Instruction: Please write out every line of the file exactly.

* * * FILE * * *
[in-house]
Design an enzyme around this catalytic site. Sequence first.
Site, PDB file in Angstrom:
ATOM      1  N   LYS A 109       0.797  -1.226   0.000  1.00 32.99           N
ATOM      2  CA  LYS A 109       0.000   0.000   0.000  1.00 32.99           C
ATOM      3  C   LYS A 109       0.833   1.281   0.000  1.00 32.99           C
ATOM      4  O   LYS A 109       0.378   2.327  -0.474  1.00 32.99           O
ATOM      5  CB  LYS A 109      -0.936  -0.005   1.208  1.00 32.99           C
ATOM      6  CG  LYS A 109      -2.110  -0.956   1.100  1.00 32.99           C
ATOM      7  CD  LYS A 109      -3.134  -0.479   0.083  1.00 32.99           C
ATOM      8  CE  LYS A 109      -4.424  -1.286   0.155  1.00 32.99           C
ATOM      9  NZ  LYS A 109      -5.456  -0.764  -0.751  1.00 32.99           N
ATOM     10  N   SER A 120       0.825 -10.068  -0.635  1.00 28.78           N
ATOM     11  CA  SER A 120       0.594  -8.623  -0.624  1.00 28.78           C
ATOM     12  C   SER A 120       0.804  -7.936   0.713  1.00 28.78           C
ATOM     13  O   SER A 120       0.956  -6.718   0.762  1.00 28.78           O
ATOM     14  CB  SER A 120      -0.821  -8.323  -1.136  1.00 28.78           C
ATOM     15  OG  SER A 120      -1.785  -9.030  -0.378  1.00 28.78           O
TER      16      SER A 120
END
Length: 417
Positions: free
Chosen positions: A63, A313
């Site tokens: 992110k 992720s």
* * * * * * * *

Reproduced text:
[in-house]
Design an enzyme around this catalytic site. Sequence first.
Site, PDB file in Angstrom:
ATOM      1  N   LYS A 109       0.797  -1.226   0.000  1.00 32.99           N
ATOM      2  CA  LYS A 109       0.000   0.000   0.000  1.00 32.99           C
ATOM      3  C   LYS A 109       0.833   1.281   0.000  1.00 32.99           C
ATOM      4  O   LYS A 109       0.378   2.327  -0.474  1.00 32.99           O
ATOM      5  CB  LYS A 109      -0.936  -0.005   1.208  1.00 32.99           C
ATOM      6  CG  LYS A 109      -2.110  -0.956   1.100  1.00 32.99           C
ATOM      7  CD  LYS A 109      -3.134  -0.479   0.083  1.00 32.99           C
ATOM      8  CE  LYS A 109      -4.424  -1.286   0.155  1.00 32.99           C
ATOM      9  NZ  LYS A 109      -5.456  -0.764  -0.751  1.00 32.99           N
ATOM     10  N   SER A 120       0.825 -10.068  -0.635  1.00 28.78           N
ATOM     11  CA  SER A 120       0.594  -8.623  -0.624  1.00 28.78           C
ATOM     12  C   SER A 120       0.804  -7.936   0.713  1.00 28.78           C
ATOM     13  O   SER A 120       0.956  -6.718   0.762  1.00 28.78           O
ATOM     14  CB  SER A 120      -0.821  -8.323  -1.136  1.00 28.78           C
ATOM     15  OG  SER A 120      -1.785  -9.030  -0.378  1.00 28.78           O
TER      16      SER A 120
END
Length: 417
Positions: free
Chosen positions: A63, A313
């Site tokens: 992110k 992720s």